Take a look at four key players behind
the West Hollywood Term Limits campaign.
Upon first introduction, Neish, affable and chatty, jokingly remarks that he might be recognizable because he was in the movie “Zodiac.”
“I played the drag queen,” he laughs. “In the movie, they have these five informants in this montage, and I’m the blond drag queen.”
For 10 years, Neish acted and penned plays in New York City, following an education at Emerson College in Boston. One of those plays scored him a workshop at Circle Repertory Theatre, and he later became a finalist for HBO’s New Writer’s Project.
“I did better than a lot of actors who showed up in New York, but I was by no means a bankable name,” he said with a chuckle.
In 1995, the HBO project brought Neish back out west, to West Hollywood — not far from his hometown of Pacific Grove.
Neish was thrust into local activism when the city decided to demolish the building he lived in, a 57-year-old two-story Colonial revival apartment complex on North Laurel Avenue named Carlton Manor. During his fight to save Carlton Manor, Neish was known for appearing at City Council meetings dressed as “Cookie Crawford,” his drag persona.
Neish filed suit against the City of West Hollywood in state Superior Court. He eventually settled out of court for a sum in the low six figures. Carlton Manor was demolished in 2006
“My eyes were opened,” he said.
After the lawsuit, all the taxing legal work convinced him he should become a legal secretary, which he does to this day.
“Abbe Land and Heilman would like to build this into the new Manhattan,” said Neish, referring to West Hollywood’s longest serving council members. “I lived in Manhattan for 10 years. This is not Manhattan and was never intended to be.”
“I’ve done a little bit of everything that’s design-y and artsy,” she laughed. “I’ve done production work. I’ve read scripts. I’ve been an art director for a fashion photographer and stylist. I’ve acted.”
Nothing really stuck, she said.
“Community activism stuck,” added fellow Term Limits member Lauren Meister.
Allison became a community activist in 2003 when the city accounced plans to redevelop a lot on Laurel Avenue that was home to Tara, a stately mansion that resembled the one by the same name in “Gone With The Wind.”. Allison had lived at Tara, along with a handful of other people, for more than 25 years.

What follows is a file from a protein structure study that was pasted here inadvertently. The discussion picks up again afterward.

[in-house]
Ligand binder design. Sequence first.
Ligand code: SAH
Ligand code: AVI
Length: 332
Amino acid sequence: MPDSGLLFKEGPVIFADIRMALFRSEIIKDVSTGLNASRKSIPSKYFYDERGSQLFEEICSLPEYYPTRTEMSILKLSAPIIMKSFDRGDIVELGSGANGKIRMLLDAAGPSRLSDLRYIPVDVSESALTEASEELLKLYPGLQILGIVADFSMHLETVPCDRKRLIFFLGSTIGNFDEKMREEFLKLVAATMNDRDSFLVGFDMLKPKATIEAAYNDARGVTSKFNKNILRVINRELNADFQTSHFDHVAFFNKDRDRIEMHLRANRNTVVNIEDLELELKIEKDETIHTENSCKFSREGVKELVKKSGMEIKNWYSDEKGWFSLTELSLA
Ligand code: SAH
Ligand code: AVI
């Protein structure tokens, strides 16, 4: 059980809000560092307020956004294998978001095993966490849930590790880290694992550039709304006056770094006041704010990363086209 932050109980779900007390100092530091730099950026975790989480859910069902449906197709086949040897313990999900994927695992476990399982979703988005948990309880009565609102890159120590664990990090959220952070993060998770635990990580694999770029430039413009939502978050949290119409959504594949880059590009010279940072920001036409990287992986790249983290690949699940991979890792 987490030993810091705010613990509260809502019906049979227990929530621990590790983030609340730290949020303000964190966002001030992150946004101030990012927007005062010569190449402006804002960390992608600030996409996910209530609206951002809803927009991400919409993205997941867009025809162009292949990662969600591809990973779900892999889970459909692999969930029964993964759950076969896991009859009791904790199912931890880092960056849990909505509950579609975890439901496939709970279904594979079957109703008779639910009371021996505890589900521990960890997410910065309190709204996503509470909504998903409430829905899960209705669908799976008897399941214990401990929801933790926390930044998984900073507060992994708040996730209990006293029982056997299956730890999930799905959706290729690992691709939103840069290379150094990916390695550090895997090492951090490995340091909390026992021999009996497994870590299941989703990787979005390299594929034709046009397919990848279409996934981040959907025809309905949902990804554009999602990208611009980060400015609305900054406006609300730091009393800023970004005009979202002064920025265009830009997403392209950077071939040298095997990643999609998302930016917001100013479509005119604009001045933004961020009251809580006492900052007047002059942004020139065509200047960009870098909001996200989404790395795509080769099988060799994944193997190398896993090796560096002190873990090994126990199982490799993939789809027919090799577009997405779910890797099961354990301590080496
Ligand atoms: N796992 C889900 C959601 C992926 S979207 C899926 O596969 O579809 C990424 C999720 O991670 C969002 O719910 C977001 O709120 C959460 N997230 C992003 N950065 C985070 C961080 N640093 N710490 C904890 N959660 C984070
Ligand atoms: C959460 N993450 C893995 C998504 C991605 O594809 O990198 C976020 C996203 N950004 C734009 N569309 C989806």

Owner Elsie Weisman deeded the property to the city, with the intent that the lot be turned into a park and the house into a community center. The city, however, wanted to remove most of the trees and tropical shrubs on the property to make room for affordable housing for senior citizens.
Allison made it her mission to stop it. Eventually the California Supreme Court ruled that city officials had failed to follow proper procedures when evaluating the project’s effect on the environment.
The attorney who represented Allison and the opponents, said at the time “it is a landmark decision that’s a lot bigger than West Hollywood.”
“At one point, we had thousands of people involved, but 50 people hung in for seven years,” Allison said.
William Neish joined the effort two years in, and was one of the ones that hung on.
In addition to the fight to “Save Tara,” Allison worked on three local elections.
Like many of the other key West Hollywood Term Limit volunteers, Blaivas became an activist after a place she loved was threatened.
If City Hall proceeds with its plans, Plummer Park, a five-acre urban refuge on the east end of West Hollywood, will undergo a major renovation over the next two years, including the bulldozing of the Great Hall-Long Hall building to make way for an underground parking garage.
In an effort to halt the renovation, Blaivas, a photographer, co-organized the Protect Plummer Park group. She has been a regular presence at City Council meetings, putting pressure on council members to halt the project.
Currently, the group’s Change.org petition has garnered more than 1,200 supporters.
In West Hollywood political circles, Martin needs no introduction.
Never one to shy away from controversy, he has been deeply involved in city politics since West Hollywood was incorporated in 1984.
Martin also doesn’t shy away from the media. He’s written a column for Weho News for a number of years and currently is an active blogger for West Hollywood Patch.
To get an idea of his firebrand approach, read his “Romper Room” piece here.
Martin was a West Hollywood City Council member from 1994 to 2003. He was defeated in 2003 by council member Abbe Land, who had been on the council since its inception except for a six-year break starting in 1997. He has run unsuccessfully for re-election a couple times since. Martin is one of only two incumbent council members to ever be defeated in a city where incumbency all but guarantees re-election. (The other was Lindsey Horvath, who was named to fill the seat of former council member Sal Guarriello, who died in April 2009).
Martin was part of the grassroots campaign in 1984 to first incorporate the city, and has served on the Santa Monica Boulevard Re-Design Committee and city Budget Committee.
Martin, an attorney, was also a founding member and president of the West Hollywood Democratic Club and served two terms as president of the Stonewall Democratic Club.